Great piece. I'm kind of fascinated by the dichotomy of our digital lives - how it's simultaneously long-lasting and ephemeral. It's common wisdom that anything we put on the internet is there to stay, but there's also so much digital media (as with the memorial site mentioned in Jessamyn's piece) that's just gone forever. Maybe some scraper somewhere has a copy of it, but how long do those archives last? And does it matter when it can't be found by search engines? Our words on Facebook and Twitter and Metafilter might outlive us, but what happens to a blog when the author passes away and no one re-ups the domain and hosting? It's an odd thing to contemplate.
posted by Phire at 11:44 AM on January 27, 2015 [2 favorites]


I lost my husband almost a year ago, but I'm still dealing with crap, even if I had most of his passwords and I could guess the rest easily enough. The worst part I found was dealing with utilities accounts since most only had his name on it. The best? This really surprised me, but Social Security people are nice, kind, efficient, fast and polite.
posted by francesca too at 11:54 AM on January 27, 2015 [4 favorites]


Interesting piece. As a guy who is 85 plus, I simply stuck on my computer opening page: FINAL ORDERS and told my wife to go there when I go to meet my maker, or go on an endless sabbatical...everything she needs to know is there. And other more legal stuff is in another document, set aside for her, and, of course, a will. The interesting thing is that you keep finding things that need to be noted, taken care of, every so often, when you believe you have covered everything. A long life is sometimes called for in order to order that life for those who choose not to follow you when you have begun the endless journey.
posted by Postroad at 12:05 PM on January 27, 2015 [11 favorites]


What a great read, and I loved all the diagrams. There is a short story in George RR Martin's Rogues anthology that I thought of when I saw the diagram of the coffin alarm system. Creepy thought.

I'm curious where the all-basement vacuum pumps to. Is it possible it was for removing radon? Is there some bin somewhere that needs to be emptied?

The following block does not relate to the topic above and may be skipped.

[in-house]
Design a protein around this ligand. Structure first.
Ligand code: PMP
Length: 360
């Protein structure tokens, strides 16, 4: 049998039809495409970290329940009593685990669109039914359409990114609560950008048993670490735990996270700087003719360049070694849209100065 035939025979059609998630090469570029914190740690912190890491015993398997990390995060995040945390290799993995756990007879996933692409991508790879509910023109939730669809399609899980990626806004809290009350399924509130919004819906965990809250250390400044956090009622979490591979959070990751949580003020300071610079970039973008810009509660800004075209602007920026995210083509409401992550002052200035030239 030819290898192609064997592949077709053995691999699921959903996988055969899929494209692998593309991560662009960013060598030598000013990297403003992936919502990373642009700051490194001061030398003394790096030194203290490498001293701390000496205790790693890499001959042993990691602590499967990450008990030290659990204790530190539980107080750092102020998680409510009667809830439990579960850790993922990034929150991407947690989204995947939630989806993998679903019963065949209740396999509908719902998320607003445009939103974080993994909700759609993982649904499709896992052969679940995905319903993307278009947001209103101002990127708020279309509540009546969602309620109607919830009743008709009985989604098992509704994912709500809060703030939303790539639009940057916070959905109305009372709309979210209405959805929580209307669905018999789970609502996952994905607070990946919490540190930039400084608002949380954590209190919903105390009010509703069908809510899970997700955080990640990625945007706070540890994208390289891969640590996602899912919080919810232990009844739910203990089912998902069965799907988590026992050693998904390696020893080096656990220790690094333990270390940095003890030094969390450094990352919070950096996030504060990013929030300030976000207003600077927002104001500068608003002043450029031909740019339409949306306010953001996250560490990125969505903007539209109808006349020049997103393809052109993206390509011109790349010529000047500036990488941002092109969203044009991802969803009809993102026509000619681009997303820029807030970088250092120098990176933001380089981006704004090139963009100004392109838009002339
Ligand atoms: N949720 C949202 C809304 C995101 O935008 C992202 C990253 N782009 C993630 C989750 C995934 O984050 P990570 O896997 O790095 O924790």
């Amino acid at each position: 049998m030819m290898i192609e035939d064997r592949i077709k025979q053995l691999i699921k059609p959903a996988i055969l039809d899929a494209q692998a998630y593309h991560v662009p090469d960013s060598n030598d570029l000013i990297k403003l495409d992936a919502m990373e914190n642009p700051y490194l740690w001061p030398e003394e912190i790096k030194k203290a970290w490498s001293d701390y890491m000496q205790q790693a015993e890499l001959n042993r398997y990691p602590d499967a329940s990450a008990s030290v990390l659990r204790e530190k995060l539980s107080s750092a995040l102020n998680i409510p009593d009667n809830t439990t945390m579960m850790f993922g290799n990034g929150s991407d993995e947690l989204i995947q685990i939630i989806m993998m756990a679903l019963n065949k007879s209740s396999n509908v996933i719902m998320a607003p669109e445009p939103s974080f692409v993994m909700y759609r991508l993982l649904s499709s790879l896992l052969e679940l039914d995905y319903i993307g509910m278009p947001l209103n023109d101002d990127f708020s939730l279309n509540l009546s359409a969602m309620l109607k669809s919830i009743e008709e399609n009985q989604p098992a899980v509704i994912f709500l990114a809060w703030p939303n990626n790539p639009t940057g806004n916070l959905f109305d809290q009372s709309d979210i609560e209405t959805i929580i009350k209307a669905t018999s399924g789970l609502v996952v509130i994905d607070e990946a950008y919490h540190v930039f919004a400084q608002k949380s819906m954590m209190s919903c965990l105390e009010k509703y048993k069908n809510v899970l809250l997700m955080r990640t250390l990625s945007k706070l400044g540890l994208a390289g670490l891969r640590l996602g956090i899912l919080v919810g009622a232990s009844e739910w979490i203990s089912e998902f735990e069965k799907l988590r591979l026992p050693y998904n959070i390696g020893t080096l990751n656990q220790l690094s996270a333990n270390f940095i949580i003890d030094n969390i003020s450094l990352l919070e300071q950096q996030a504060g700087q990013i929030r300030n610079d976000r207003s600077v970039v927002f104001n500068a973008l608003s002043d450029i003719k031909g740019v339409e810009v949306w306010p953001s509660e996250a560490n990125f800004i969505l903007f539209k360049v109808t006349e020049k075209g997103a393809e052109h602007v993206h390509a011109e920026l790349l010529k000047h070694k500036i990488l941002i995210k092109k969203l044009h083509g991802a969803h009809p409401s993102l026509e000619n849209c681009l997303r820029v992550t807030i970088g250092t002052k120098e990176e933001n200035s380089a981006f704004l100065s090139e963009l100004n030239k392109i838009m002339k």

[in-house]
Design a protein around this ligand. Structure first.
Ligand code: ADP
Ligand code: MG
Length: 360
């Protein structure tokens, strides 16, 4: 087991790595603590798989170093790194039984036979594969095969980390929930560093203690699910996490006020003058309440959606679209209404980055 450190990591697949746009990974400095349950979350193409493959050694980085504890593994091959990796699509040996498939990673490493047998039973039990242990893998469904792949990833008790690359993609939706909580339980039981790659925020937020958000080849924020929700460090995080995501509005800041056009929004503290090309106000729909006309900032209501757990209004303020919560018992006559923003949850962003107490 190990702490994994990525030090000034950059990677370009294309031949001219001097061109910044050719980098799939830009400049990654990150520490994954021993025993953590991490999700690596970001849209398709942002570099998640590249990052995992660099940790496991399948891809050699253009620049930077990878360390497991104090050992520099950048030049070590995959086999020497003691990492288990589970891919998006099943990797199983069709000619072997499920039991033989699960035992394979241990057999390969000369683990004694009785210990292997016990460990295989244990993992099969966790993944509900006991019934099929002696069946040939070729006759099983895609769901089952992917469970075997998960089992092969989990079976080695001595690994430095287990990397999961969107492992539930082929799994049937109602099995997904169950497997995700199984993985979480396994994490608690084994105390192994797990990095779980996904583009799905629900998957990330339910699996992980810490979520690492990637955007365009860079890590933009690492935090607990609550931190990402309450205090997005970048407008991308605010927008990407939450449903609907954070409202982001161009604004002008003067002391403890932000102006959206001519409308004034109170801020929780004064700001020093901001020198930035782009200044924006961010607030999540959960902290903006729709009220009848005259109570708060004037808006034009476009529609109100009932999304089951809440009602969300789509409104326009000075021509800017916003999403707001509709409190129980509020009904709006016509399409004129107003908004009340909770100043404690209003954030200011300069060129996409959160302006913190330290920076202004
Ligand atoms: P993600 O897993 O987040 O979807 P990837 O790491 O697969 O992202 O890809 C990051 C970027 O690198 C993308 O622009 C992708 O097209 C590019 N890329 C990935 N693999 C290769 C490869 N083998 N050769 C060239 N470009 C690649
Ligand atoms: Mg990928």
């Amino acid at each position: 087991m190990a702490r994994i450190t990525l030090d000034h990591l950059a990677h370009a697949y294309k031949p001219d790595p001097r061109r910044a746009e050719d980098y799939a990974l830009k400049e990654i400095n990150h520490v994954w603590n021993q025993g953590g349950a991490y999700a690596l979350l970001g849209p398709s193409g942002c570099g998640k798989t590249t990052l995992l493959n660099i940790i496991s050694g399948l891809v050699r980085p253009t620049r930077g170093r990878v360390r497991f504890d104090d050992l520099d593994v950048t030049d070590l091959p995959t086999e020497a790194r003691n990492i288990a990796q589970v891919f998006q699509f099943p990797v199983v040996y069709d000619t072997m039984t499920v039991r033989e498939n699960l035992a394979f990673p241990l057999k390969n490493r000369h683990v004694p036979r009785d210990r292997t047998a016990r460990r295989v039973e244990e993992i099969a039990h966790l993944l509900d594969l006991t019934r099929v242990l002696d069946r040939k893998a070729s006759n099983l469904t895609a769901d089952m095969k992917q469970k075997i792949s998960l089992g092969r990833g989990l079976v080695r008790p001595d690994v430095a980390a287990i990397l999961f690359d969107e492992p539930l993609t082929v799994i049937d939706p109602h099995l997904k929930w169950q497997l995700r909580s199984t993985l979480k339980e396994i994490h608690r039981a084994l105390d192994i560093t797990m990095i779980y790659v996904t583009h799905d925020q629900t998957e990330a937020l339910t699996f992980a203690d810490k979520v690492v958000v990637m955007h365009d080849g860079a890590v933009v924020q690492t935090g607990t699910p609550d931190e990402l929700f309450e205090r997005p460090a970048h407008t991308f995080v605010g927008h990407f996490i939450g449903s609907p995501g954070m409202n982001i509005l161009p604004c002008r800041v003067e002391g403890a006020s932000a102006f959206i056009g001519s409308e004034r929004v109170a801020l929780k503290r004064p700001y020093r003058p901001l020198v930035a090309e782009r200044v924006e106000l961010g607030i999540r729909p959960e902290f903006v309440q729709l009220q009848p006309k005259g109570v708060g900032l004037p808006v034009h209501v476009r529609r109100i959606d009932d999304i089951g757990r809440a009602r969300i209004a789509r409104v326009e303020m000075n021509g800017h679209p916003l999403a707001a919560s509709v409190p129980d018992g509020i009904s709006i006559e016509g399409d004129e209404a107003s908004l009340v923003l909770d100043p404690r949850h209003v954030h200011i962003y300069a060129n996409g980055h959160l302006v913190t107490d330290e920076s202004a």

posted by tempestuoso at 12:16 PM on January 27, 2015


"enough about the pathos and memories and humanity of this article. Let's solve that dang vacuum cleaner thing once and for all."
posted by boo_radley at 12:35 PM on January 27, 2015 [8 favorites]


And no one wants to do that because it's morbid and you want your parents to live forever.

I've been through similar talks with my parents a few times now, and it's kind of been fun every time - there's a lot of reminiscing and "remember how much we love you" stuff. But what drives me crazy is that I cannot get them to separate out things for the highly probable likelihood they go separately. They're utterly convinced they're either going to go together or they won't be able to live without each other very long, and that we kids will do right by the parent that lives for what they foresee as a short amount of time.

It's so sweet and so impractical at the same time, and the sweetness is really what makes me weep a little weep each time*.

*not at the thought of their deaths because geez of course they're never going to die, they're my parents and parents wouldn't do that to you
posted by barchan at 12:42 PM on January 27, 2015 [1 favorite]


exogenous: I also wonder if the word aviatrix might be one of the last -trix words with any positive connotation.
I personally think "dominatrix" has a positive connotation.
posted by IAmBroom at 12:55 PM on January 27, 2015 [9 favorites]


This was so timely. So, so timely. Thank you.
posted by canine epigram at 1:05 PM on January 27, 2015 [3 favorites]